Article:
The Art of ClickBait
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Clickbait : Stuff on the internet that misleads people to content that is false or of low quality or irrelevant for monetary gains.
Some say clickbait is just clever marketing. Some call it a disgrace. I find clickbait funny because of it’s ridiculous claims. We’ve all been a victim of this phenomenon, knowingly or unknowingly. Sensational headlines in news articles, catchy Youtube thumbnails, shocking social media posts — these are some examples of clickbait. I feel sad to observe that clickbait is slowly creeping up on Medium as well. Top publishers and publications on Medium are ruthlessly using sensationalist titles to a point that clickbait has now become an art and a necessity to get attention. This is unfortunate in my opinion. Let’s consider some examples.
Notice how every title sounds sufficiently generic and promises something grand like age-reversal or secret to success. From my experience, the victims are usually the ambitious, curious people with a thirst for knowledge. Their ears perk up when they hear someone say “This is the secret knowledge to achieve your dreams. Listen up.” What I feel sad about is that these articles are mostly full of worthless semi-motivational fluff. And what I feel worried about is that the publisher of the first article above — Benjamin Hardy — has 120K followers at this point — one of the biggest publishers. This begs the question — how dumb actually are Medium users? How smart or self-aware do you have to be to click on a promising title, read a bunch of bullshit and realize “Wait a minute…I haven’t actually learned anything by reading this article. Age-reversal is impossible and there is not secret to success. Hmm…” ?People are getting scammed, man. Not for money but attention.
The plight of an exploding Internet is that everybody wants your attention. That’s the currency of the future. Almost every platform and product out there is in an attempt to leverage the human psychology and manipulate your eyeballs and thoughts to their advantage — Marketing and Advertising.
The Good Side
If you have really valuable content then clickbait is a good way to get more eyeballs on your content. But the ethical way of doing it is to include a clickbait title/image that is very much relevant. This is not just ethical but also more sensible for an intellectual audience. You can only trick them so many times. Too much clickbait leads to lack of trust. But I’m no expert on this. As long as people are fine with clickbait, it works.
The Bad Side
As a consumer, it depletes your time and mental resources without your knowledge. Once you click and start reading/watching, you sort of accept the state and keep ingesting the content. You don’t question it’s credibility often. And that’s the problem. That’s literally why it’s called Click*Bait*.
The Ugly Side
Let’s be honest. Clickbait sells. It’s easy to clickbait someone who has no particular reason for browsing the internet. The casual surfer has no agenda so he/she will fall prey to pretty much anything fancy. If you have an agenda and if it’s important, you’ll most likely question the actions & consequences before spending your time & mental energy. It’s just like in real life. Somebody who comes to the shop for a soap will find it irrelevant if you try to dazzle him with a shoe. “Bitch, I’m looking for a soap. Not a shoe. GTFO.” But a window-shopper with lots of money(attention) to spend can be tricked into buying a shoe that will solve all her fitness issues. The sad part is that most people on the internet don’t even realize that they’re the rich window-shoppers and that their attention is worth something.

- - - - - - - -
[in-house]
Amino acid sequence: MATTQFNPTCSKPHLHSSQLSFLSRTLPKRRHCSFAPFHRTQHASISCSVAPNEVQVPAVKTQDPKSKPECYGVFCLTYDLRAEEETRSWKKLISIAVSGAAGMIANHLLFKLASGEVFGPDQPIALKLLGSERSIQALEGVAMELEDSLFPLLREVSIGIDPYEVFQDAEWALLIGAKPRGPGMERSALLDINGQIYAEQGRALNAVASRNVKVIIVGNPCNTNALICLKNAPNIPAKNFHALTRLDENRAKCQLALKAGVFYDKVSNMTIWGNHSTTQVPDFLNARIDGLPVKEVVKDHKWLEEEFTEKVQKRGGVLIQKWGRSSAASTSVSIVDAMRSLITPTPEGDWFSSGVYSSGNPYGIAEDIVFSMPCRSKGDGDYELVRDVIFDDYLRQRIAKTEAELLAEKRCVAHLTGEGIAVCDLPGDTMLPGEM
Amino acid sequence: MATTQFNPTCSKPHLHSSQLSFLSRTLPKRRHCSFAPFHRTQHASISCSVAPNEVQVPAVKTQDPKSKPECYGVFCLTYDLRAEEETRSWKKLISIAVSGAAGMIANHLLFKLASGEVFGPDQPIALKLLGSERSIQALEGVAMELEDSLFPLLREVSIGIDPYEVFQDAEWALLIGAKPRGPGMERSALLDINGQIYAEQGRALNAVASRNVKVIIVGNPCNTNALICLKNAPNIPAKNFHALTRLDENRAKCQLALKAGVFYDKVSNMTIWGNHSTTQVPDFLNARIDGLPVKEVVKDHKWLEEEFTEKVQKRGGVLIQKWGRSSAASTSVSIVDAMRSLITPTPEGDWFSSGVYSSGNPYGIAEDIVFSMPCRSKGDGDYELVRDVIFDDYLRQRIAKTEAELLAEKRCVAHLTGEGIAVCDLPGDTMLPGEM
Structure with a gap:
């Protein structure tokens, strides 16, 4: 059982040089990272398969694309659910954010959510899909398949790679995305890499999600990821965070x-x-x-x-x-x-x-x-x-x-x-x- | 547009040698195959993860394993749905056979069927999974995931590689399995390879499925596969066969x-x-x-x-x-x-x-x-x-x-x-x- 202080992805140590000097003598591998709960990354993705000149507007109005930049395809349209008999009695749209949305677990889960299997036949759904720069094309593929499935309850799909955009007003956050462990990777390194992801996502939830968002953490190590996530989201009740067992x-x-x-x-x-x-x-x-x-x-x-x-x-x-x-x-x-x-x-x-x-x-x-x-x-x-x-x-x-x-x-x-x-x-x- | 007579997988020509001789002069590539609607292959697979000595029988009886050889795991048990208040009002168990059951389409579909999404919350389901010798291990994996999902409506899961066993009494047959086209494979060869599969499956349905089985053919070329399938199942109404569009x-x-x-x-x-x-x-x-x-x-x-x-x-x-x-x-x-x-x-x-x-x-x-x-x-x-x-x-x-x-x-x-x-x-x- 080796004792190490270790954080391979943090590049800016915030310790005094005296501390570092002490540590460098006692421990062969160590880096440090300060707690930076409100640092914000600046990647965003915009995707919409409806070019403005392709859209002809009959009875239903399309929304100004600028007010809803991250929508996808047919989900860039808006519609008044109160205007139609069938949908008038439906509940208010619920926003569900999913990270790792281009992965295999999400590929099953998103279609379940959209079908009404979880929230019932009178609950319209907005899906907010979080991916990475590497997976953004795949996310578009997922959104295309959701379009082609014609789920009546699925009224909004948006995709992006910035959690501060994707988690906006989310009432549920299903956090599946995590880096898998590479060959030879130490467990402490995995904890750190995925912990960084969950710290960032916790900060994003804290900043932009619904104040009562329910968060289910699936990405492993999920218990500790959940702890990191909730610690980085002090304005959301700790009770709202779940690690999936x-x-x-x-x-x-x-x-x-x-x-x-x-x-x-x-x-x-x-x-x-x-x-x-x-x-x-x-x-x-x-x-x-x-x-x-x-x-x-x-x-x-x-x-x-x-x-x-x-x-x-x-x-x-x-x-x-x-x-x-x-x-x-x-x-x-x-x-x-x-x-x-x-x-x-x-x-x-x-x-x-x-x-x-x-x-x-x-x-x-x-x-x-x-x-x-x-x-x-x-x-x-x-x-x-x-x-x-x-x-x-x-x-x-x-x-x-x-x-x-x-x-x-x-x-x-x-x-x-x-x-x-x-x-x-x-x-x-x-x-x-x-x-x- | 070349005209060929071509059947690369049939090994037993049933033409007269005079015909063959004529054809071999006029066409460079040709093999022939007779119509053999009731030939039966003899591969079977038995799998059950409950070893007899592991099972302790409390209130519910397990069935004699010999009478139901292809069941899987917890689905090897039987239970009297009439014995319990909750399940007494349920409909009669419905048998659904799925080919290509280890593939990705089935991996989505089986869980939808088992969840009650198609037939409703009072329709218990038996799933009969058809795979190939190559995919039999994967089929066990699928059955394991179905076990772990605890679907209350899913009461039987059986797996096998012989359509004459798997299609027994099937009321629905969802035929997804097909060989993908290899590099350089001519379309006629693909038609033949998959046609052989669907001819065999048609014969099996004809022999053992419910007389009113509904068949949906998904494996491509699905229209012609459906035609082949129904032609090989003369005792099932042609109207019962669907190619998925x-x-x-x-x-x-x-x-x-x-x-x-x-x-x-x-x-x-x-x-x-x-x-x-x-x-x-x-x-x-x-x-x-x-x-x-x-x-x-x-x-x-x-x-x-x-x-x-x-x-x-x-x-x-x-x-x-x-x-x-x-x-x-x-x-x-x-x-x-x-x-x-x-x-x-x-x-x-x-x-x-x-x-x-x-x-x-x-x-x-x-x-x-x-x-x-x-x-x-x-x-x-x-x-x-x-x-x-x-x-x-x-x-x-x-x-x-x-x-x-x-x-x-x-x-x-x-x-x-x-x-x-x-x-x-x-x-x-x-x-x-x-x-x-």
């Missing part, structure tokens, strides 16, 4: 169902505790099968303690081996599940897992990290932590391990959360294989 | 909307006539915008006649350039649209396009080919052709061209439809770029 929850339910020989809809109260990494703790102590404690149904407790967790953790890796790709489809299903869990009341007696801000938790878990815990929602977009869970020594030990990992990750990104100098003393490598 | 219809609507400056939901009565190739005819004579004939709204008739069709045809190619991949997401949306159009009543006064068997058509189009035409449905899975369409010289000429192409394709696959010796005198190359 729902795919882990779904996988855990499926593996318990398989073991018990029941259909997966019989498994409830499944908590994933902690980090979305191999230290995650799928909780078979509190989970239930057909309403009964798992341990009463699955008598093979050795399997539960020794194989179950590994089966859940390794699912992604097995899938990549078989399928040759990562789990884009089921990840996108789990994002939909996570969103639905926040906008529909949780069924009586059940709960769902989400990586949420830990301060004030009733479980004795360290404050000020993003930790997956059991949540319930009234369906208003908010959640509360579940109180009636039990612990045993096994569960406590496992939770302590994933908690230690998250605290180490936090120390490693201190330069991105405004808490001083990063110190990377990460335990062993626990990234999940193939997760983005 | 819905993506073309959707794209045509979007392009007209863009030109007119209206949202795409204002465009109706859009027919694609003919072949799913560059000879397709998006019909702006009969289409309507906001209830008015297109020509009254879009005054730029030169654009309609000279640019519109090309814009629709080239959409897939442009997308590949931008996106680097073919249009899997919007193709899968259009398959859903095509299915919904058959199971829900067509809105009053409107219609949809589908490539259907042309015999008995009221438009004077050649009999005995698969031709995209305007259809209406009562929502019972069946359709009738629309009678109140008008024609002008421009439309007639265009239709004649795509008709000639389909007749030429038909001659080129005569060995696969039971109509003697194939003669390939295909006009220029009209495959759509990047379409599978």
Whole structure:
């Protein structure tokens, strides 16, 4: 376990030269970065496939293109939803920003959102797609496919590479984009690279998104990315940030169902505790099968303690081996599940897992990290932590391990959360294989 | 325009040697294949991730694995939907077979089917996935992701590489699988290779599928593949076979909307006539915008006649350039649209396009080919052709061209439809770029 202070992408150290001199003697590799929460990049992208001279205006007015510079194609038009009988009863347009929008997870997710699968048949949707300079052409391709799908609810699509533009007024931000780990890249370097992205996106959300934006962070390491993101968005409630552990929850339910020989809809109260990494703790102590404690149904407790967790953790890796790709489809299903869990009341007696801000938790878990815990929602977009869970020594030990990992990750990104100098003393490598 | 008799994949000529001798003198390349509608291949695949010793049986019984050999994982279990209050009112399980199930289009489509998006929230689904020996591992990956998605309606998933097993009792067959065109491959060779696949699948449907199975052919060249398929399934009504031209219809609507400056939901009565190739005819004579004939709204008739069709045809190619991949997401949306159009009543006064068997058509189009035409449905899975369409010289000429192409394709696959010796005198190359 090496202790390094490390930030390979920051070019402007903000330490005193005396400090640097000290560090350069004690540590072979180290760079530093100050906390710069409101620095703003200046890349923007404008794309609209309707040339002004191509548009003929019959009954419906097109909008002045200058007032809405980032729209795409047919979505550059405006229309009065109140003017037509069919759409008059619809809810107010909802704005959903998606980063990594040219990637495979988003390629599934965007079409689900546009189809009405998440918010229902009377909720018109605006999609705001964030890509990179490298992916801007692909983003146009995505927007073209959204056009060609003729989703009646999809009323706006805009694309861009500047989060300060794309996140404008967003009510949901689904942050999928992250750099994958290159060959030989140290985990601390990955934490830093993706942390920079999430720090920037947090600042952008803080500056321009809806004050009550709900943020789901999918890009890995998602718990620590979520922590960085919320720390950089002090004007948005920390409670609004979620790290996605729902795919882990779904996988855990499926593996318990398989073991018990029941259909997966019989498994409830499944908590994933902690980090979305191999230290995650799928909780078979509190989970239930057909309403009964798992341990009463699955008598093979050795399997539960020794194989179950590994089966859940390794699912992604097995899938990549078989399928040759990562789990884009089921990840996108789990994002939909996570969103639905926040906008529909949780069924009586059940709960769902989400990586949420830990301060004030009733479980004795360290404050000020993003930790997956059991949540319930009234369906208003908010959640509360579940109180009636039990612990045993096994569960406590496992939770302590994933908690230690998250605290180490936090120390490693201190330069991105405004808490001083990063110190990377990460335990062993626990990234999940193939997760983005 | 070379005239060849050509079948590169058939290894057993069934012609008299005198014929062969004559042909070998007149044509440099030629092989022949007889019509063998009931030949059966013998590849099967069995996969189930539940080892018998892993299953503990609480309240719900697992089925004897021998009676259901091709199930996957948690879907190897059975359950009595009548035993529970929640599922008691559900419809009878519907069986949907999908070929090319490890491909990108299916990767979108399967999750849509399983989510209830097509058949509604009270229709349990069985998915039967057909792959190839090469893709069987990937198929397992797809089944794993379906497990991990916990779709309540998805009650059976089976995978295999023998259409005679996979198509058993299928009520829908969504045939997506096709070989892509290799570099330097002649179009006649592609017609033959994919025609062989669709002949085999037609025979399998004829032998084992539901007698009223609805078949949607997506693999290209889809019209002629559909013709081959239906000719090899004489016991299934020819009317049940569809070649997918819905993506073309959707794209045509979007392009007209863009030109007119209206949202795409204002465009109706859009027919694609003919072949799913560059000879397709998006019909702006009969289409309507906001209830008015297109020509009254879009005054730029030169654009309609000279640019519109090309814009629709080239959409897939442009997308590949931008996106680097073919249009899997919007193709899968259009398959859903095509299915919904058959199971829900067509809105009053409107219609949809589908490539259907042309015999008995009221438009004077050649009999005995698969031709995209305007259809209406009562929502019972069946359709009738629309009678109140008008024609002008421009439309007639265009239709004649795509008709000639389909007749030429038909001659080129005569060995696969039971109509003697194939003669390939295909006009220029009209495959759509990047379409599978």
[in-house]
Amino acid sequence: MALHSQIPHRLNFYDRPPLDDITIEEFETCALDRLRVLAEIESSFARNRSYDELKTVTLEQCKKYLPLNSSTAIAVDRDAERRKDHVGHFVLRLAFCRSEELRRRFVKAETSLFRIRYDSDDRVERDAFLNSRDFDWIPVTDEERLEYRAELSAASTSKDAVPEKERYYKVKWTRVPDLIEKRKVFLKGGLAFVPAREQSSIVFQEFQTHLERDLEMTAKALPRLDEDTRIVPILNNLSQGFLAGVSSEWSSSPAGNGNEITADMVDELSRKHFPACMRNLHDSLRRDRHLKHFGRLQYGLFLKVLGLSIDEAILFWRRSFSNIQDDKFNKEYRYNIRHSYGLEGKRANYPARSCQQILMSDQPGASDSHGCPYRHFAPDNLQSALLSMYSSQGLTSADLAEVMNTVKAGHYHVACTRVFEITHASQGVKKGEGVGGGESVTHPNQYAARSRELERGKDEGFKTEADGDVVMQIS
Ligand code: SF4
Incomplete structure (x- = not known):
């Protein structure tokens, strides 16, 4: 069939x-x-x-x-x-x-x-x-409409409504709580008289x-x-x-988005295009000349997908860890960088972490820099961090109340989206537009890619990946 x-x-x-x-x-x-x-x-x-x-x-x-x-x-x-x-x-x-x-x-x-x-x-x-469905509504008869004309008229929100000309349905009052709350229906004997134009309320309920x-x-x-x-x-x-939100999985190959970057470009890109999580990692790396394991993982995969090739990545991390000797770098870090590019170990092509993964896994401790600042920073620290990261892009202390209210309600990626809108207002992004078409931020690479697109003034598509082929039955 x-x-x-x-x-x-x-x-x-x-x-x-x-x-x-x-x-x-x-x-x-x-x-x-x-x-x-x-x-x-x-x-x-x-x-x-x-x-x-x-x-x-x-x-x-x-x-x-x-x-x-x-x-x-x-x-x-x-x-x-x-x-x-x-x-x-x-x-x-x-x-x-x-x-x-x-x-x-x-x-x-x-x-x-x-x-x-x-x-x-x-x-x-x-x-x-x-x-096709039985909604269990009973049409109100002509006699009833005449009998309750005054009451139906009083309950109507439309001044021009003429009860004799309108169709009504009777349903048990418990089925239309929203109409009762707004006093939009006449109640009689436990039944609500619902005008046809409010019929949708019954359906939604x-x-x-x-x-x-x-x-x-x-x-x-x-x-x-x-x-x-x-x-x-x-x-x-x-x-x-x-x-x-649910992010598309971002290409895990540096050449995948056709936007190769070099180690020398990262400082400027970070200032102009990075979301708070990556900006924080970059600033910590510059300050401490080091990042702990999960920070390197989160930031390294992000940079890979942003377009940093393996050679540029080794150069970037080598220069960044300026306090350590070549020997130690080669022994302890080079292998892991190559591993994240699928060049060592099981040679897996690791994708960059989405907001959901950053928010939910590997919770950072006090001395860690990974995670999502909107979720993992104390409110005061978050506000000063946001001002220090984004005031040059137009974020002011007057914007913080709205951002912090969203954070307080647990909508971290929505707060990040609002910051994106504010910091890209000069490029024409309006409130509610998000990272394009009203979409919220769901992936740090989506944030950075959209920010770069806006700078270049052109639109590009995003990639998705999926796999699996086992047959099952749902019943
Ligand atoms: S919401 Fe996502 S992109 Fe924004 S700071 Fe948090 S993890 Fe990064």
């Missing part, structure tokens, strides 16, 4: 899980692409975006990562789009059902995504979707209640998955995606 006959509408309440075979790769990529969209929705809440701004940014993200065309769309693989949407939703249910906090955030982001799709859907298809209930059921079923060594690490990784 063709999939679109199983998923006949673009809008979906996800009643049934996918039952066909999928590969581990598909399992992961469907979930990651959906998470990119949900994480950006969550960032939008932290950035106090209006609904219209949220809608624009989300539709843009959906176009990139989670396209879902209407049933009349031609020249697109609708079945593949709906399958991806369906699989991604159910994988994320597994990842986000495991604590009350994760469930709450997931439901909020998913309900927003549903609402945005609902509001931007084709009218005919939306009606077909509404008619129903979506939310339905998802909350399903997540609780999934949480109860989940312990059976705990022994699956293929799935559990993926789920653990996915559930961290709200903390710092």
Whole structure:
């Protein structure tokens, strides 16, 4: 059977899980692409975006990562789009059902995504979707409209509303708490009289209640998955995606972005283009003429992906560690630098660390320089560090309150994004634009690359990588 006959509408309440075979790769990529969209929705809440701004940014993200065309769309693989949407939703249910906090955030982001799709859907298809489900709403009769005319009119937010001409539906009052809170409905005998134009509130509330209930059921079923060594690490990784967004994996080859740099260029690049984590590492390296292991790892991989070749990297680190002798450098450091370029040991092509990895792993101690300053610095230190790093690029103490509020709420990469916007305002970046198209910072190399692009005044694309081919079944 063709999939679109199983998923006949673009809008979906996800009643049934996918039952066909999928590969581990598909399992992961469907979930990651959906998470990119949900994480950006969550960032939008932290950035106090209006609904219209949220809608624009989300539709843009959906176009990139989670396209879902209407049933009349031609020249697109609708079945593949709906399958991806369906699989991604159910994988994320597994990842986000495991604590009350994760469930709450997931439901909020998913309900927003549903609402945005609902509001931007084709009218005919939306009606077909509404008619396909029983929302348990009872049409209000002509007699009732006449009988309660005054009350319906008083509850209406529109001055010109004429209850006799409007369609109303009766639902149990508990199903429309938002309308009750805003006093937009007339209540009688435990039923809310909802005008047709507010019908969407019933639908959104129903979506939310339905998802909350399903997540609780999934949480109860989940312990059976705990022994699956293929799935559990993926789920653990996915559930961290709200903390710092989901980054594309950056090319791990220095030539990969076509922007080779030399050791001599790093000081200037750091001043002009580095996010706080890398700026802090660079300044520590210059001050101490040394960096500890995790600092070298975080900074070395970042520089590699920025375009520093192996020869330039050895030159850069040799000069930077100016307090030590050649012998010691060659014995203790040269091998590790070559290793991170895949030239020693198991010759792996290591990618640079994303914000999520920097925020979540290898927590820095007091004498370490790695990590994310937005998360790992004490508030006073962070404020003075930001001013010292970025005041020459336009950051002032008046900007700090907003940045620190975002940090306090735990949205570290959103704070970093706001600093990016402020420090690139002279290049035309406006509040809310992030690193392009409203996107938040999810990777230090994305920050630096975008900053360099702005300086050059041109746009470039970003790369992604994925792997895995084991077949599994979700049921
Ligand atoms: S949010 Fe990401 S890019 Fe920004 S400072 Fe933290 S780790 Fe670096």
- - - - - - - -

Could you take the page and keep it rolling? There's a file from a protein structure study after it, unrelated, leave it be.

Future of ClickBait
In a growing marketplace(internet) where tons of products(content) are readily available to the consumer(you), the competition for attention is fierce and inevitable. My hunch is that blatant clickbait will loose it’s vigour over time just like the television ads of fat-burners in the 90s. As people start waking up to reality, clickbait will also evolve to become more convincing and undetectable. This is like a never-ending cat and mouse game between trust and deception. In a world full of trustworthy products, a deceptive fraud will be beneficial(short-term). In a world full of deceptive frauds, a trustworthy product will be beneficial(long-term).
What content creators need to do
Clickbait is power. Those who wield it must have the right intentions and should gauge the user experience in a smart way. Tricking people is not sustainable. Unless they’re dumb enough to fall for it every time without realizing it. Clickbait is a sign of disrespect to the audience. Don’t take them for granted. Give it like it is. Don’t be needy.
What content consumers need to do
Find another way to navigate the clickbait-contaminated Internet. Get better at recognizing false promises. Develop a healthy skepticism. When someone says “Here’s the secret.” you should counter it with a “Wait But Why”. What is the intent behind? Am I being manipulated here?
Subscribe and trust only genuine internet-ers. Unsubscribe from tricky clickbaitey creators. If we all do this at a mass level, creators who use clickbait will be weeded out and only genuine quality content creators will get our attention. The price of freedom is eternal vigilance. So train yourself to detect clickbait and avoid it if you value your time and attention. Always check authenticity of content. Let nobody trick you.
It’s time to regain control of our attention.